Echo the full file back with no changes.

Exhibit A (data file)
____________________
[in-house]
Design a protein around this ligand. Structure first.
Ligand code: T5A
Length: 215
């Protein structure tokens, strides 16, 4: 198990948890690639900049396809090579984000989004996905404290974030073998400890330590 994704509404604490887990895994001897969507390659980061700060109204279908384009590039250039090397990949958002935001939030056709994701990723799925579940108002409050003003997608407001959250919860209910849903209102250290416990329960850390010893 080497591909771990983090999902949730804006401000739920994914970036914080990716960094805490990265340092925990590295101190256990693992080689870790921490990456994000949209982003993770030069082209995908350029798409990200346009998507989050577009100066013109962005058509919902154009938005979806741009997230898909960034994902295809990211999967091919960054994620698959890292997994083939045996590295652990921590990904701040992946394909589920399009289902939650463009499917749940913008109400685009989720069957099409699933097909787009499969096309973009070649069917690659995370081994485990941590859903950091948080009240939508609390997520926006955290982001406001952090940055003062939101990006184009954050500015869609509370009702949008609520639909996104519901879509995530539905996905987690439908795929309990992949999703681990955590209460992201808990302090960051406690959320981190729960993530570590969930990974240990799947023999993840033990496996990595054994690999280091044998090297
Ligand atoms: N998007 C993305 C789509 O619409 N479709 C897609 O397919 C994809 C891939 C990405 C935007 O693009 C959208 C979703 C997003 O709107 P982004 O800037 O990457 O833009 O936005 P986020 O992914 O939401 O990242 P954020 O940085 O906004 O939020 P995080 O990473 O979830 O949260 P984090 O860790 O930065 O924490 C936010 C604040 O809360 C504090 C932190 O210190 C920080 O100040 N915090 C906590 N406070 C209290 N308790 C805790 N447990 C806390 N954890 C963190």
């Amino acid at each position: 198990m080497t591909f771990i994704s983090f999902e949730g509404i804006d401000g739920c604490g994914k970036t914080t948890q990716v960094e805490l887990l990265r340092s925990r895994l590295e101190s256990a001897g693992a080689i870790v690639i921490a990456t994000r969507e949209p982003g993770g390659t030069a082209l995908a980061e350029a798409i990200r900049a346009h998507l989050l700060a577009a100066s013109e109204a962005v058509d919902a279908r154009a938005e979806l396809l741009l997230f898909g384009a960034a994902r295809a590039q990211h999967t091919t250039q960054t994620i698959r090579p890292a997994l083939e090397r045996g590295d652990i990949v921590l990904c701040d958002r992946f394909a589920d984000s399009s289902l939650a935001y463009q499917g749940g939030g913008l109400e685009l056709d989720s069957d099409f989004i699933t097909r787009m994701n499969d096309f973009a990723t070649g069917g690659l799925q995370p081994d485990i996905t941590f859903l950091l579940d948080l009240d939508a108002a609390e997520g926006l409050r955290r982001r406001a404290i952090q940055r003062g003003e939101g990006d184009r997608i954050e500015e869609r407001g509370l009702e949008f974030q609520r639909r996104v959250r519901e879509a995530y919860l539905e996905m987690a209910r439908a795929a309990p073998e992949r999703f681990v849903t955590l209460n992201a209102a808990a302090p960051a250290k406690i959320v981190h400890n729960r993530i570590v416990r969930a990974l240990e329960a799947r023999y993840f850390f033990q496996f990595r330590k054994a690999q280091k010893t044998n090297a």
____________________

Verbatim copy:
[in-house]
Design a protein around this ligand. Structure first.
Ligand code: T5A
Length: 215
């Protein structure tokens, strides 16, 4: 198990948890690639900049396809090579984000989004996905404290974030073998400890330590 994704509404604490887990895994001897969507390659980061700060109204279908384009590039250039090397990949958002935001939030056709994701990723799925579940108002409050003003997608407001959250919860209910849903209102250290416990329960850390010893 080497591909771990983090999902949730804006401000739920994914970036914080990716960094805490990265340092925990590295101190256990693992080689870790921490990456994000949209982003993770030069082209995908350029798409990200346009998507989050577009100066013109962005058509919902154009938005979806741009997230898909960034994902295809990211999967091919960054994620698959890292997994083939045996590295652990921590990904701040992946394909589920399009289902939650463009499917749940913008109400685009989720069957099409699933097909787009499969096309973009070649069917690659995370081994485990941590859903950091948080009240939508609390997520926006955290982001406001952090940055003062939101990006184009954050500015869609509370009702949008609520639909996104519901879509995530539905996905987690439908795929309990992949999703681990955590209460992201808990302090960051406690959320981190729960993530570590969930990974240990799947023999993840033990496996990595054994690999280091044998090297
Ligand atoms: N998007 C993305 C789509 O619409 N479709 C897609 O397919 C994809 C891939 C990405 C935007 O693009 C959208 C979703 C997003 O709107 P982004 O800037 O990457 O833009 O936005 P986020 O992914 O939401 O990242 P954020 O940085 O906004 O939020 P995080 O990473 O979830 O949260 P984090 O860790 O930065 O924490 C936010 C604040 O809360 C504090 C932190 O210190 C920080 O100040 N915090 C906590 N406070 C209290 N308790 C805790 N447990 C806390 N954890 C963190």
């Amino acid at each position: 198990m080497t591909f771990i994704s983090f999902e949730g509404i804006d401000g739920c604490g994914k970036t914080t948890q990716v960094e805490l887990l990265r340092s925990r895994l590295e101190s256990a001897g693992a080689i870790v690639i921490a990456t994000r969507e949209p982003g993770g390659t030069a082209l995908a980061e350029a798409i990200r900049a346009h998507l989050l700060a577009a100066s013109e109204a962005v058509d919902a279908r154009a938005e979806l396809l741009l997230f898909g384009a960034a994902r295809a590039q990211h999967t091919t250039q960054t994620i698959r090579p890292a997994l083939e090397r045996g590295d652990i990949v921590l990904c701040d958002r992946f394909a589920d984000s399009s289902l939650a935001y463009q499917g749940g939030g913008l109400e685009l056709d989720s069957d099409f989004i699933t097909r787009m994701n499969d096309f973009a990723t070649g069917g690659l799925q995370p081994d485990i996905t941590f859903l950091l579940d948080l009240d939508a108002a609390e997520g926006l409050r955290r982001r406001a404290i952090q940055r003062g003003e939101g990006d184009r997608i954050e500015e869609r407001g509370l009702e949008f974030q609520r639909r996104v959250r519901e879509a995530y919860l539905e996905m987690a209910r439908a795929a309990p073998e992949r999703f681990v849903t955590l209460n992201a209102a808990a302090p960051a250290k406690i959320v981190h400890n729960r993530i570590v416990r969930a990974l240990e329960a799947r023999y993840f850390f033990q496996f990595r330590k054994a690999q280091k010893t044998n090297a």